U.S. companies' international strategies turn sour, as Europe faces a future with an oligopoly of power companies.
While the European Union is pushing to give all industrial and commercial customers electric choice by 2004, giant incumbent European utilities are increasingly dominating power markets across Europe and the United Kingdom.
The speculative electricity trading industry has a bad case of rigor mortis, but current efforts might breathe new life into the practice.
Trading is dead. At least that’s what some analysts are saying about the electricity markets. “Trading died with Enron on Dec. 2, 2001,” says Mark Williams, an energy risk management expert at Boston University. Whether trading is really dead or not, some signs of a rebirth are beginning to emerge.
A surprisingly timid effort for an industry on the brink.
The purpose for the Committee of Chief Risk Officers (CCRO) recommendations, as stated in the introduction to their 198-page opus, is "to provide guidance on new methods and tools to establish a strong foundation for future growth in this (merchant energy) industry." But the reality is that the recommendations, almost without exception, fail to provide strong leadership in the areas of past and potential future abuse.
Is a proposed solution to energy-trading woes too little too late?
The Committee of Chief Risk Officers (CCRO) representing various utilities and merchant energy companies, recently released a set of detailed guidelines to improve the image and overall practices of energy trading, but the effort misses the mark.
Regulatory and market forces put the pressure on information technology to perform.
Technology isn't in the driver's seat at some energy companies, but it's not as if those companies have reverted to using typewriters, carbons and rotary dial phones. In fact, it's beyond dispute that information technology (IT), in particular, can improve business performance-and nothing is more important to energy companies right now. But with slashed budgets and collapsing credit ratings, how should energy companies spend their precious IT dollars?
FERC's attempt to standardize markets have some state regulators up in arms.
The fight over standard market design (SMD) looms large as regulators face the coming year. Passions are heightened on the subject-and everyone has an opinion.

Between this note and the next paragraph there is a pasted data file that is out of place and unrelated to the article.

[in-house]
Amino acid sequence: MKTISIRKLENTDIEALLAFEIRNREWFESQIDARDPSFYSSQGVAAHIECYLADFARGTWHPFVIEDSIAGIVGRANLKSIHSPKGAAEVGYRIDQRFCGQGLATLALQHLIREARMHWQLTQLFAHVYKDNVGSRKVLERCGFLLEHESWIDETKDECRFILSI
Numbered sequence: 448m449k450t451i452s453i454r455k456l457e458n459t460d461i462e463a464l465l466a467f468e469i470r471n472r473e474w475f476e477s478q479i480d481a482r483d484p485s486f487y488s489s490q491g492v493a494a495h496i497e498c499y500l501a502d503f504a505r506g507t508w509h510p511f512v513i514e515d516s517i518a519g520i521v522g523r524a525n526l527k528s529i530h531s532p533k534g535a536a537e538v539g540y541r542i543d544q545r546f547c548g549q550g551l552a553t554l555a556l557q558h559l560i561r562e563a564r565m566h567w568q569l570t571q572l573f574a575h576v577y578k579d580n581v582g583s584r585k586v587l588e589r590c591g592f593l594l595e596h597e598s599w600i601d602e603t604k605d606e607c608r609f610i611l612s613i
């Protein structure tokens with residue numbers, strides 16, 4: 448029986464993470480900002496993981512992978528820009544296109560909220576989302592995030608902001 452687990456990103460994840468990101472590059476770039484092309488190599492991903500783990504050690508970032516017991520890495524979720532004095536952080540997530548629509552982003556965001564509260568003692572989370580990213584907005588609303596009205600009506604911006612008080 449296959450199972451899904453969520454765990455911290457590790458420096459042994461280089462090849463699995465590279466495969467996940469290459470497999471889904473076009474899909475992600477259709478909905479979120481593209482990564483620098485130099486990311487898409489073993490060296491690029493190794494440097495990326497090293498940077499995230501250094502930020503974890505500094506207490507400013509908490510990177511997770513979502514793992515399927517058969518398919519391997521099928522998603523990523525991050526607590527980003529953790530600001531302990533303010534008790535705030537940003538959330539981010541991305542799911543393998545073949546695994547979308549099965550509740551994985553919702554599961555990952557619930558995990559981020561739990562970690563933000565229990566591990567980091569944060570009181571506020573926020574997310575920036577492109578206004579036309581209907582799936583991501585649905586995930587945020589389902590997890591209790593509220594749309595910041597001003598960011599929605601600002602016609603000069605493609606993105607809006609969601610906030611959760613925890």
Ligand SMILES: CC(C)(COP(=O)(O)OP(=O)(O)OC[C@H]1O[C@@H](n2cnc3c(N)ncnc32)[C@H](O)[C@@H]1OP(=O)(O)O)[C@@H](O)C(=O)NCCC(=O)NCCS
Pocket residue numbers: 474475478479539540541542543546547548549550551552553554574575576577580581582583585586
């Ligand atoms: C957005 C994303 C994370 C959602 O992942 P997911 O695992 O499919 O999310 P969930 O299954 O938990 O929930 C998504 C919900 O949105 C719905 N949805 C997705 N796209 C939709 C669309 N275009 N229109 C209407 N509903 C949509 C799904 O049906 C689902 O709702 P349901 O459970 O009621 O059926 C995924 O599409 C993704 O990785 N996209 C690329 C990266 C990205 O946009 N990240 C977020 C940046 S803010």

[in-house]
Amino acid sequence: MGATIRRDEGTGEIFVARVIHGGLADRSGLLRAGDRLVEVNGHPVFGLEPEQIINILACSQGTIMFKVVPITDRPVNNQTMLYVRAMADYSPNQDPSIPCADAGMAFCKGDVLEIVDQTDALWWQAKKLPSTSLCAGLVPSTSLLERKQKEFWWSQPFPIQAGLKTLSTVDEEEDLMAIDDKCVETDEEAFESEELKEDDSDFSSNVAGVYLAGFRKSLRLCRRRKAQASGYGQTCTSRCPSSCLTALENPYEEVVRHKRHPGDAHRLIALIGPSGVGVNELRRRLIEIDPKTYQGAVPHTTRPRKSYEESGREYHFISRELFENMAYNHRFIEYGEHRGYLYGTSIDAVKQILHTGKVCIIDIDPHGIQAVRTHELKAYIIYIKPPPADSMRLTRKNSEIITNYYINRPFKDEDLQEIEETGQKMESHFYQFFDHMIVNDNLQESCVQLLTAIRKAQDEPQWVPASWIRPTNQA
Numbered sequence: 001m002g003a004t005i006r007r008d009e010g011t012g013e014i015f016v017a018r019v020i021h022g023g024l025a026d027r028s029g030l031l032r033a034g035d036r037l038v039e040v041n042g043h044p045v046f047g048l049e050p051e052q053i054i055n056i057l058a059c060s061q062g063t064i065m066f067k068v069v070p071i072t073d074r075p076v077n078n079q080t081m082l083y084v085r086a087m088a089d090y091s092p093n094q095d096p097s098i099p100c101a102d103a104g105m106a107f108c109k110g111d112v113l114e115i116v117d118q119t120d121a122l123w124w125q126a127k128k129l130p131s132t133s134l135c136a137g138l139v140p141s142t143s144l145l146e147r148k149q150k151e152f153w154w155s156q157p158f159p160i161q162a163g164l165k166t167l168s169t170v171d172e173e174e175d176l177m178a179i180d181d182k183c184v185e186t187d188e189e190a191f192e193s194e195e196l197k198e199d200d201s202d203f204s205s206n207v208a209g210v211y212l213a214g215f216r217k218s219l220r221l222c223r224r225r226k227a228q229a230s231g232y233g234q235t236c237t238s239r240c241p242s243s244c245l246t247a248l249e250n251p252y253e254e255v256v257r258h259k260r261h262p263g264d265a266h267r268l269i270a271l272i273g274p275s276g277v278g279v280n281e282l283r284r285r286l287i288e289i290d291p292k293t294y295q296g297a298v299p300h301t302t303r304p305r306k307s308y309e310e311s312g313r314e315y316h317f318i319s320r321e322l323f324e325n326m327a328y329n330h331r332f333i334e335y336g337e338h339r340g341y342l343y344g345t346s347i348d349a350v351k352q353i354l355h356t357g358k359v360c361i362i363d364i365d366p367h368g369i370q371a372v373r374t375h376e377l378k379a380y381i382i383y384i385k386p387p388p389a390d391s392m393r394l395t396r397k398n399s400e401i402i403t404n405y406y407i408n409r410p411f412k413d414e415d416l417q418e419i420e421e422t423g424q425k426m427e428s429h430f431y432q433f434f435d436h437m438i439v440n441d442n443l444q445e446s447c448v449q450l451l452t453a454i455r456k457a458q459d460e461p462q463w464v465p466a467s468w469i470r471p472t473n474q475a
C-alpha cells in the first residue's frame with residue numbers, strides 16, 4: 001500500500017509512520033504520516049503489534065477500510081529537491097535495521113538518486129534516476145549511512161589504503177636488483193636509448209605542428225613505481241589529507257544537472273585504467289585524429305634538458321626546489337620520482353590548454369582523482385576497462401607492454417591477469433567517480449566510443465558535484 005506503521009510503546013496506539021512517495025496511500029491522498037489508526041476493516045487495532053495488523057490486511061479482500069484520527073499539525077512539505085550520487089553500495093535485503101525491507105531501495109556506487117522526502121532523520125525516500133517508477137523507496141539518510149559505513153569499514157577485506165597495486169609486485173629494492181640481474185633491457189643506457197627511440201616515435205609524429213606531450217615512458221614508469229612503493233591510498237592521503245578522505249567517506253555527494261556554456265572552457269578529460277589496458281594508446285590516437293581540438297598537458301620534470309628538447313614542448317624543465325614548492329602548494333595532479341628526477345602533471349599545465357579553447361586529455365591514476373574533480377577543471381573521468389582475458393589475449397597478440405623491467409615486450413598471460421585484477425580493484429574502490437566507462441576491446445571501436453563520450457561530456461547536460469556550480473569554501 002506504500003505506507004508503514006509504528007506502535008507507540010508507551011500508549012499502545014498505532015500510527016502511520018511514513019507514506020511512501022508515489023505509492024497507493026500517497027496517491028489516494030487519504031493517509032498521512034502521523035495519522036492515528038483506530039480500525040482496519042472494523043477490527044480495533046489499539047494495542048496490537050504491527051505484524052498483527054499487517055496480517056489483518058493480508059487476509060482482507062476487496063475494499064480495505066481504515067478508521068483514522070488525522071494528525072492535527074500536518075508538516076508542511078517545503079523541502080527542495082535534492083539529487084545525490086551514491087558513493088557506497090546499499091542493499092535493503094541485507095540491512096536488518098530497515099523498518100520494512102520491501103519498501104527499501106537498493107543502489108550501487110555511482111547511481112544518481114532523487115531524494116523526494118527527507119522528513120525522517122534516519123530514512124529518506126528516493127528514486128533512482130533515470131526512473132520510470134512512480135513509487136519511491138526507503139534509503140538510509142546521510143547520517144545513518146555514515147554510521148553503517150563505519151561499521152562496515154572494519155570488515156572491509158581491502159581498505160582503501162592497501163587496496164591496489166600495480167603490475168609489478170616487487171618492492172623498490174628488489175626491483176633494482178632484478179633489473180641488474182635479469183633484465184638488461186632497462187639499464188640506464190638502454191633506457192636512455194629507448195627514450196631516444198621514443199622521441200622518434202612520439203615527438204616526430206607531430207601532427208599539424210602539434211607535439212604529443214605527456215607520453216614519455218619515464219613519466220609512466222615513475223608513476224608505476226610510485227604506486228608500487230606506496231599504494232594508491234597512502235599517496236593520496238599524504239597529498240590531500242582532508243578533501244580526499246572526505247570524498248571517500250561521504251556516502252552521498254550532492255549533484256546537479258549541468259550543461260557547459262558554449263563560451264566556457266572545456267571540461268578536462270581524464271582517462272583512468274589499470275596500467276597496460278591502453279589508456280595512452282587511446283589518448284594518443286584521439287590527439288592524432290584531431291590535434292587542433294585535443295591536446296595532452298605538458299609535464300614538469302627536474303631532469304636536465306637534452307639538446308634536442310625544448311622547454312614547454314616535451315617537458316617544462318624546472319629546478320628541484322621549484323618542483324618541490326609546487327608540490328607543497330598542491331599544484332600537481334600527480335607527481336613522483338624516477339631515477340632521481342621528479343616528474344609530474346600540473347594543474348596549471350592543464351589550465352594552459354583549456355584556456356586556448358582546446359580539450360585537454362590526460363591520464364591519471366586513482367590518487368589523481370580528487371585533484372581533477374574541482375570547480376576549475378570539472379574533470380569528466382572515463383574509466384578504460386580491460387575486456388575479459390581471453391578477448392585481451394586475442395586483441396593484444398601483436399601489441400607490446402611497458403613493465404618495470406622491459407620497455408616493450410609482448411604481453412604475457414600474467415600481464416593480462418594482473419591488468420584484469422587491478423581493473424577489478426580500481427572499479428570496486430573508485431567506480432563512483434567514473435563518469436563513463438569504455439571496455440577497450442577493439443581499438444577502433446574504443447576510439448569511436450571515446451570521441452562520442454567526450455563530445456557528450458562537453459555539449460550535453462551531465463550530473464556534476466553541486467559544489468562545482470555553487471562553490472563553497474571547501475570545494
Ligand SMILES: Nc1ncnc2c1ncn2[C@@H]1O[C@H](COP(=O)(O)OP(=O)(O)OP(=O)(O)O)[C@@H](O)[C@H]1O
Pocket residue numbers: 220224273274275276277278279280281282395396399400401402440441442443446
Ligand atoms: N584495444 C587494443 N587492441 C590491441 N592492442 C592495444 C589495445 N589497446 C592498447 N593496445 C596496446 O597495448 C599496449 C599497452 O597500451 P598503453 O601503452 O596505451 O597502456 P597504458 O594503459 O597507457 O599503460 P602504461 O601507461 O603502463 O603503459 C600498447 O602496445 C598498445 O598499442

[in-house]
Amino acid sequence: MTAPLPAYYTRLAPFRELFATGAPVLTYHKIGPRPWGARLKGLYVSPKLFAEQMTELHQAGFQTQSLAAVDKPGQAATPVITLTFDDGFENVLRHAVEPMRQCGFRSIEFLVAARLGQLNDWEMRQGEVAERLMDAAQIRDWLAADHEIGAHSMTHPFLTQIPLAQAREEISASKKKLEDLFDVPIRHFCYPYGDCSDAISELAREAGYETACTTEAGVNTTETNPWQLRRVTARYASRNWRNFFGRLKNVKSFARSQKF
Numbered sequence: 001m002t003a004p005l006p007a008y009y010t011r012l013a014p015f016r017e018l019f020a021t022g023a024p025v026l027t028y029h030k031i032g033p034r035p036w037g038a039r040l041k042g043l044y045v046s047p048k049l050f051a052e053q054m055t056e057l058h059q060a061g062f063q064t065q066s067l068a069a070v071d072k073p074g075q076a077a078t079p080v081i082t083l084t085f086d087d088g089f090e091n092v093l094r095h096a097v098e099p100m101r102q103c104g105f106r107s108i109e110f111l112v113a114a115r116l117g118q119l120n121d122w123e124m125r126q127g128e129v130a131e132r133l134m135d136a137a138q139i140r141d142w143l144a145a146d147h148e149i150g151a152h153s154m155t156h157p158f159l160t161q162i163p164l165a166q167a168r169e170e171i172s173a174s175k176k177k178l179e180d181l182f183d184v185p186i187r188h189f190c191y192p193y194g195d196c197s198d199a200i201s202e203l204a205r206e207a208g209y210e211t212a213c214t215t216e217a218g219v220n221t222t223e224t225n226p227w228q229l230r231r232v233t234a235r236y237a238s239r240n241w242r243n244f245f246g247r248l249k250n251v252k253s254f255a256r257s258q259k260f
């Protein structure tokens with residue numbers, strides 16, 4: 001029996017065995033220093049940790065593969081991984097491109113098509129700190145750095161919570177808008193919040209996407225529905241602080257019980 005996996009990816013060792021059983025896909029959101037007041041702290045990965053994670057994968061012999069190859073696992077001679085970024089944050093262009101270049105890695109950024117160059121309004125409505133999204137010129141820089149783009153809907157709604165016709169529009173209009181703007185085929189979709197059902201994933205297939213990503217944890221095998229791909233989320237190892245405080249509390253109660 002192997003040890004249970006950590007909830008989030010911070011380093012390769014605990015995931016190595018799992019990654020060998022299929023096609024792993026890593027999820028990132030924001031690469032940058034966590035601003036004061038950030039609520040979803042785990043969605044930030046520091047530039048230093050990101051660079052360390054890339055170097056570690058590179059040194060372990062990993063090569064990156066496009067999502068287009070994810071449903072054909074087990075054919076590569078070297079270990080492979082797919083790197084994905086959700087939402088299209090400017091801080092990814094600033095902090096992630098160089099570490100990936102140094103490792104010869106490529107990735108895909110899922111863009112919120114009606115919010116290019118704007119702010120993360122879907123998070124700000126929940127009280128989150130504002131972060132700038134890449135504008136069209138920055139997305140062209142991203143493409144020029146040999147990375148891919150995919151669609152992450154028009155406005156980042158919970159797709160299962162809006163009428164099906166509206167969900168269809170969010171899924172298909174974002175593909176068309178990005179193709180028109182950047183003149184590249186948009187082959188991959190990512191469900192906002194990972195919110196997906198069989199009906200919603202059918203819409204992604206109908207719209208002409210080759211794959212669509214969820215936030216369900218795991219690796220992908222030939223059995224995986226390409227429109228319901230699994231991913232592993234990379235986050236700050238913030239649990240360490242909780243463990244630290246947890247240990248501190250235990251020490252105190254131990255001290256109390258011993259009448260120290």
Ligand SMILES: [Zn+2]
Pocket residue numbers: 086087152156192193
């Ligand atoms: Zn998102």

In these pages, takes SMD and other questions right to the top policymakers in six states-Alabama, California, Massachusetts, Michigan, New York, and Texas-for a snapshot of what the thinking is on hot topics. And of course we included the man of the hour, FERC's chairman Pat Wood.
In the rough-and-tumble energy biz, IT departments are paddling hard to stay afloat.
The storm that Enron ignited last fall shows little sign of abating. Information technology (IT) departments at every energy company have had to react to rapidly changing conditions, whether it be shrinking budgets or nervous workforces.
Judy Pensabene has joined the Republican staff of the Senate Energy and Natural Resources Committee as deputy chief counsel. She is returning to the committee, where she worked from 1990 to 1995, after serving as vice president of federal affairs at Constellation Energy Group.
Entergy announced that Peter P. Schneider has been hired as vice president of Nuclear Human Resources, a new position within the company. Schneider's prior experience includes stints at Human Resources Strategies and Solutions, Inc., Exelon, and PECO Energy.
The real, painful reform has only just begun.
It has been almost a year since Enron imploded into bankruptcy, but rather than solve problems, the event has only brought uncertainty-credit rating downgrades, a drop in investor confidence, and heightened scrutiny from the Congress, the Securities and Exchange Commission (SEC), the Federal Energy Regulatory Commission (FERC), and the Commodity Futures Trading Commission (CFTC).